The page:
CSLA Summer Funding Feature: Elena Dugan

Monday, Mar 2, 2020

Elena Dugan, a graduate student in the Department of Religion, received funding from the Committee for the Study of Late Antiquity to travel to Florence, Paris, and Dublin to research with specialists in her field, consult important manuscripts, and explore new and untapped archives.

Below, Dugan shares more about her experiences abroad and how they contributed to her dissertation research:

As a student of the late-ancient work known as 1 Enoch, it was my pleasure to be invited to participate in and contribute to the annual Enoch Seminar, which convenes a group of specialists on Enoch and related works in an intensive, weeklong workshop. This year, it was held in Florence, Italy, and focused on the early modern reception and study of Enoch and Enochic traditions, an especially apt topic given my own dissertation research on the history of scholarship on this fascinating work. I was able to formally present my own work on the topic and respond to papers on the Slavonic and Ethiopic reception of 1 Enoch, and benefited immensely from meeting and exchanging ideas with the diverse group of international scholars assembled. Especially exciting was my time working with members of the team from Ludwig-Maximilians-Universität München who are collecting and preparing for publication over a hundred new manuscripts of 1 Enoch — I was lucky enough to check in with them two weeks after a research trip in which they discovered crucial new manuscript evidence! My work on 1 Enoch has benefitted immeasurably from the knowledge shared and developed during this intensive and specialized seminar.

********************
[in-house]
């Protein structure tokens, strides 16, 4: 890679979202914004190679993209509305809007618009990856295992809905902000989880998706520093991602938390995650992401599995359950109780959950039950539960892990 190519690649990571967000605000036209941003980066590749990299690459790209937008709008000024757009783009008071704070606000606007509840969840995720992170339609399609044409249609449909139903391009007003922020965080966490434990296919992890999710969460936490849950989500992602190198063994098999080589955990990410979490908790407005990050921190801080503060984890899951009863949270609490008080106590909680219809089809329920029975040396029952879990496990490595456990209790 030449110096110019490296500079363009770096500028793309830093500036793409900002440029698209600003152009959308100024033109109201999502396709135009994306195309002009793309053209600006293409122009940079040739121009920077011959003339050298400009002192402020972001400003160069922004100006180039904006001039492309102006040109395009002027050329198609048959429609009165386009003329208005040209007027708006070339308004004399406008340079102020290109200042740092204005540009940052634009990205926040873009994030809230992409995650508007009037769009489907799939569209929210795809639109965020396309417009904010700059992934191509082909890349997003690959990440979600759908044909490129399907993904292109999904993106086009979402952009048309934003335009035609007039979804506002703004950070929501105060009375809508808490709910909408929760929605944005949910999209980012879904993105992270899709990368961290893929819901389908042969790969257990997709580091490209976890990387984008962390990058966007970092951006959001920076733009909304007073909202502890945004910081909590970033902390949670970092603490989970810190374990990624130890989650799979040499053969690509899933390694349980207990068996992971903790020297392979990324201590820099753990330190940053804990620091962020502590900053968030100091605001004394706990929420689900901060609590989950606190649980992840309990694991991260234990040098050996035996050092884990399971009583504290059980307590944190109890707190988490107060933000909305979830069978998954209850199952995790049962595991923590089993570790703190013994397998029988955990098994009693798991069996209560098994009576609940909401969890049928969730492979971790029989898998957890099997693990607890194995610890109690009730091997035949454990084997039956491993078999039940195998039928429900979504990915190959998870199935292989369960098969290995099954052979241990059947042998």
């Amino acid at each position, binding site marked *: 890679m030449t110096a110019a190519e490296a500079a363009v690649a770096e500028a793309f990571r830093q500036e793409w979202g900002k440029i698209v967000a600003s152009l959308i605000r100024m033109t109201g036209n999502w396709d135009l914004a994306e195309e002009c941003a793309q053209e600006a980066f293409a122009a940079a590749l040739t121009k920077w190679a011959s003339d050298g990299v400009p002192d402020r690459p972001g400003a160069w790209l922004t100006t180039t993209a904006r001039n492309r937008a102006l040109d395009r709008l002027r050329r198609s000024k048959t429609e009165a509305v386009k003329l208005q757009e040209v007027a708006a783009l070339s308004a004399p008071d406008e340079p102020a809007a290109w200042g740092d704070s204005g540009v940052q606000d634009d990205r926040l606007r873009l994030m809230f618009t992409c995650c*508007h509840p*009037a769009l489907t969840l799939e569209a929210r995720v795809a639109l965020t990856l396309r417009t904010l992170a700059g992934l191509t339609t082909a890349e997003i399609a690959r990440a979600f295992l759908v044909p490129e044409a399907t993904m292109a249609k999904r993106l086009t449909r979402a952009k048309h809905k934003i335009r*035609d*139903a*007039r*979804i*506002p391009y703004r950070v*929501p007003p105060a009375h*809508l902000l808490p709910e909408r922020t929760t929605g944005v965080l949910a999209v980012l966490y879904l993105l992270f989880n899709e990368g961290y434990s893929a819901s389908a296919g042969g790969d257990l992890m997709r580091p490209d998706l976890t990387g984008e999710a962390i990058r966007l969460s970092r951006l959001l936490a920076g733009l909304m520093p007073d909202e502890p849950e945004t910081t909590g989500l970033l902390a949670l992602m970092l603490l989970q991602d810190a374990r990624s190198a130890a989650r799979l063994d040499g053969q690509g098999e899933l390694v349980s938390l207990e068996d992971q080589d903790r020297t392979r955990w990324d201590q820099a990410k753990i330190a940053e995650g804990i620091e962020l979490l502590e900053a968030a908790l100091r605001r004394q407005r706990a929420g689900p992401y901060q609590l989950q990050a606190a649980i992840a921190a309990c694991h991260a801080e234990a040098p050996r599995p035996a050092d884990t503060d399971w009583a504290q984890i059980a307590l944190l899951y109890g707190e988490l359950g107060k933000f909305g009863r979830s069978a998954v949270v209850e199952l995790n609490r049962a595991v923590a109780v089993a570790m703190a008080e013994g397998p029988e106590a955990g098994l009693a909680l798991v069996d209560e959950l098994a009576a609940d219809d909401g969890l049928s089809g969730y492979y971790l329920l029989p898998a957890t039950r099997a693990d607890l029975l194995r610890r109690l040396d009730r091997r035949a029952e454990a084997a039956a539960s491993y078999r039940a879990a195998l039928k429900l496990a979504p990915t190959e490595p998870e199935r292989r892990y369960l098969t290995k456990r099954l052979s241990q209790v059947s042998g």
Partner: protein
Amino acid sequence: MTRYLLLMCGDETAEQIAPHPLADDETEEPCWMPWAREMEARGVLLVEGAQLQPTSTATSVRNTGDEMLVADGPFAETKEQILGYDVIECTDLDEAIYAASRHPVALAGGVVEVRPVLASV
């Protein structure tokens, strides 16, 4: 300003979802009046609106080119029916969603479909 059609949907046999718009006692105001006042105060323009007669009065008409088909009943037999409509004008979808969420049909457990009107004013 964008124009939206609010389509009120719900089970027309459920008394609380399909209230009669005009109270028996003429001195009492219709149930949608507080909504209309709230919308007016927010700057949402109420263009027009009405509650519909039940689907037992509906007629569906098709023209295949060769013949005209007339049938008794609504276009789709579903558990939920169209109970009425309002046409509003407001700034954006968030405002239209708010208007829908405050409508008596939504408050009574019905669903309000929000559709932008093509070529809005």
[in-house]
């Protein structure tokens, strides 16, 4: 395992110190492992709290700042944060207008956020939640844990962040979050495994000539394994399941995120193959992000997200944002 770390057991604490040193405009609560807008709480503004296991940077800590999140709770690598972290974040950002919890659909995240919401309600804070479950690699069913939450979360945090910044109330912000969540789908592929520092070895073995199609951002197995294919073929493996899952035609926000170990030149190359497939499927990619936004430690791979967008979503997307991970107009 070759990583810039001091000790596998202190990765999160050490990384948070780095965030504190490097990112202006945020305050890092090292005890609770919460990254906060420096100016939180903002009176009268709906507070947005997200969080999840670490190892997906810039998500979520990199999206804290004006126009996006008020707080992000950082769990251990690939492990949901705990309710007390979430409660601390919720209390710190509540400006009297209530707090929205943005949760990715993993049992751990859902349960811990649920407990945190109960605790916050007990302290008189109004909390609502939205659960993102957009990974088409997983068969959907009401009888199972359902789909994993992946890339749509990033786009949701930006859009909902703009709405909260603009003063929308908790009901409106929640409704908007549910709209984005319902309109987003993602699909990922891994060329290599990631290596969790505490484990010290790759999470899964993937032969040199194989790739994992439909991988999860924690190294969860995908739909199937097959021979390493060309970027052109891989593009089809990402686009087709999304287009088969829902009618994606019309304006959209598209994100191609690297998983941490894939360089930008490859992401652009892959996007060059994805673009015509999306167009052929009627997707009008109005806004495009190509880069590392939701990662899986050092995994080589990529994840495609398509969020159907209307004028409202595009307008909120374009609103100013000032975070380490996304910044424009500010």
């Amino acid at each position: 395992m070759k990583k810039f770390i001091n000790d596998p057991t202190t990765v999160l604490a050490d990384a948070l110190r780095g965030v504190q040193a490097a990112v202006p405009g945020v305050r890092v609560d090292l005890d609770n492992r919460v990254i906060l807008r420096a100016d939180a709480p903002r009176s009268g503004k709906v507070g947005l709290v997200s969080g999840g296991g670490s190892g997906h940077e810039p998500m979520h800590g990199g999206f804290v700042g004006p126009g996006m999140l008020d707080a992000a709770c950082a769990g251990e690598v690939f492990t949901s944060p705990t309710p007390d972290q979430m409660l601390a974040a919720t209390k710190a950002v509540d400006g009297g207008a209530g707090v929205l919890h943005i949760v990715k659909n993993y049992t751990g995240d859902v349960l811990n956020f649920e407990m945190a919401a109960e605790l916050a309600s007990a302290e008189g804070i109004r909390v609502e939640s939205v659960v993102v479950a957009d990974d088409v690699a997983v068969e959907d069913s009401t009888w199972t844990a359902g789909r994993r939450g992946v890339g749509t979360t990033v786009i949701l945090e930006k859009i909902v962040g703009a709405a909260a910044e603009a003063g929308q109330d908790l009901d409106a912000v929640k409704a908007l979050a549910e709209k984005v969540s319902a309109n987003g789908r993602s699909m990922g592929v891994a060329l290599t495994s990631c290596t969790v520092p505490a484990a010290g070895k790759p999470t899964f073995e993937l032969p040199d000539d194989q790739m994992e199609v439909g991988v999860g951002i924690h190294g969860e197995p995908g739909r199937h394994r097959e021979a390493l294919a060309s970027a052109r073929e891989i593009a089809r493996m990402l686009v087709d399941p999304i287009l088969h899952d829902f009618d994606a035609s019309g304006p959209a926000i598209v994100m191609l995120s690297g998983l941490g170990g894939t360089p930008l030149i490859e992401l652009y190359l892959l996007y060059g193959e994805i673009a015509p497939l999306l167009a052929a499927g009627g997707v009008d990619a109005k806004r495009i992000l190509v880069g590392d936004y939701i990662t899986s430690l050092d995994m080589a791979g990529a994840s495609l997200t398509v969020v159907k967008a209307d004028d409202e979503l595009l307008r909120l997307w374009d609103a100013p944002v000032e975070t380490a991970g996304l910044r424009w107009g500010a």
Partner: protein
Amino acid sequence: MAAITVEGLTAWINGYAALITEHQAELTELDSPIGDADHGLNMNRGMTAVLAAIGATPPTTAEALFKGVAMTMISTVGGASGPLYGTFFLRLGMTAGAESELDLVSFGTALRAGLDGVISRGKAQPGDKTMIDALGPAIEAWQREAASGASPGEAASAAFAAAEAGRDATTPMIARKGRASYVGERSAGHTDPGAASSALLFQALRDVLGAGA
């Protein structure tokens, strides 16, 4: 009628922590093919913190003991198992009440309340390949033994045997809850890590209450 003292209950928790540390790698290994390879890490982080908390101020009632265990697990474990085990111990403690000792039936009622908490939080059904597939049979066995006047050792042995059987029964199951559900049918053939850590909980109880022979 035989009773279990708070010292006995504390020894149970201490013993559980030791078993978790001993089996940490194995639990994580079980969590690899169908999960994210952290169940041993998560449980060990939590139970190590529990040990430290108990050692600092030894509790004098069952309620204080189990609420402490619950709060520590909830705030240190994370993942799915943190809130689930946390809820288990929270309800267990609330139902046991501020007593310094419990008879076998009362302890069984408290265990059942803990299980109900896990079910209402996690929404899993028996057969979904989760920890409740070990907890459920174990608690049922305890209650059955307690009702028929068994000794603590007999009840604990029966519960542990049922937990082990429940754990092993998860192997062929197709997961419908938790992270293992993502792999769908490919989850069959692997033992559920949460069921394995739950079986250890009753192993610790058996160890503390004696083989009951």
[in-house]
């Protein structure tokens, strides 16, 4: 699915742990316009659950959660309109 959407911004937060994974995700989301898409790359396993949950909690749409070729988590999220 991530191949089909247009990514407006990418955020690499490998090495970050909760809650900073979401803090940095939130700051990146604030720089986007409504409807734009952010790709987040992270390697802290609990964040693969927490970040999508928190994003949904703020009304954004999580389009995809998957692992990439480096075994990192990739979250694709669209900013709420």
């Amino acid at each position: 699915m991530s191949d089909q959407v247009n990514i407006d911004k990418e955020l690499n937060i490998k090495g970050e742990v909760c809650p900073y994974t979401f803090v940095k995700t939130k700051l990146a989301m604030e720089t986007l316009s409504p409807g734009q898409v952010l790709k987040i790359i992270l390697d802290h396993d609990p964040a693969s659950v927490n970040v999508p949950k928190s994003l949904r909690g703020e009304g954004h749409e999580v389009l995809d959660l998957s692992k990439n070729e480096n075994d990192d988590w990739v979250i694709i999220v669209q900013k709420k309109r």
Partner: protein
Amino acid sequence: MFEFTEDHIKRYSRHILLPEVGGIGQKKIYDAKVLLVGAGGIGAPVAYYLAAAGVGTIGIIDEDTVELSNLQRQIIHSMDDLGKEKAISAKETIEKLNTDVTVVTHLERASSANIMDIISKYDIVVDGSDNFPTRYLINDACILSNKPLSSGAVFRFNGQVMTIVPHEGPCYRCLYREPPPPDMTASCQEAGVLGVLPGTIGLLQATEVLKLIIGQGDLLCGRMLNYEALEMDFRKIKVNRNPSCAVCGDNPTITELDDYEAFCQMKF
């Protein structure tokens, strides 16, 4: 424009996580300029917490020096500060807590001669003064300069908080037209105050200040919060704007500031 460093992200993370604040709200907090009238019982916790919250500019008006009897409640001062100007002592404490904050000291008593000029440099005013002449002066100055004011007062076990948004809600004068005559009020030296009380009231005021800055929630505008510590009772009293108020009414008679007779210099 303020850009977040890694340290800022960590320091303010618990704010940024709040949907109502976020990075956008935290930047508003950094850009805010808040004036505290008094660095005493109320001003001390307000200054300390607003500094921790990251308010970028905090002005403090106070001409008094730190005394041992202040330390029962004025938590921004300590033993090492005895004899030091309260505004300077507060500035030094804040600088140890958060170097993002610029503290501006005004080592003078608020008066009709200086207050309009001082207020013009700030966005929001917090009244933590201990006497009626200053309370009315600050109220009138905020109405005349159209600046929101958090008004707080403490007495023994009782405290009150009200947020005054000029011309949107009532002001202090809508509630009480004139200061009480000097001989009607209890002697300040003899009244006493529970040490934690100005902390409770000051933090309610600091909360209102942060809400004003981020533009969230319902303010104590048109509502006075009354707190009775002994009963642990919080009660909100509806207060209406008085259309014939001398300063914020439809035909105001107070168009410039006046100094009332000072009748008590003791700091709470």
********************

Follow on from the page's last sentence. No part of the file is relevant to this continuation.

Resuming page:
I was also able to travel to Paris to consult the personal archive of J.T. Milik, the initial publisher of the Aramaic Enoch fragments found among the Dead Sea Scrolls at Qumran. Recently donated to the Bibliothèque du Saulchoir by his widow, Professor Yolanta Milik, the documents in this archive represent over four decades of notes, letters, diagrams, and manuscripts illustrating the methods, conditions, and background to J.T. Milik’s pioneering scholarship. I was especially excited to discover personal correspondence, working lists, and organizational documents from the very earliest years of Qumran scholarship in the 1950s, which shed light on the often mysterious ways in which the Scrolls came to be discovered, arranged, and parceled out among the early team for study. My time working in this archive has provided invaluable data concerning the provenance of the Enoch fragments, and the initial conditions guiding their study, not to mention crucial information on the life and times of one of the giants of Qumran scholarship.

Finally, I spent time at the reading room of the Chester-Beatty Museum in Dublin, Ireland, consulting the fragments of a fourth-century codex, especially pieces corresponding to 1 Enoch, and the Apocryphon of Ezekiel. Most importantly, I was able to consult unidentified and unpublished fragments held by the collection which have been hypothesized to belong to 1 Enoch. Physical consultation with the aid of a magnifying glass, and the wonderful team at the Chester-Beatty Reading Room, were able to provide great guidance on the character and provenance of these fragments, and further inform my reconstruction of the manuscript more generally, and thus my assessment of the character of the Enochic work to which the manuscript attests.

Ultimately, with the support of the Committee for the Study of Late Antiquity, I was able to explore not only the material artifacts left to us from the Late Antique period (the Chester-Beatty manuscripts), but those who have studied them in the past (the Milik archive in Paris), and those who are engaged in their study today (the Enoch Seminar). It was a uniquely rewarding experience, and has informed not only my current dissertation project, but my understanding of the field more generally. I move forward with this project with special thanks to the Committee for the Study of Late Antiquity, which not only supported this particular trip, but also creates an enriching environment for conversation and study here on campus year-round.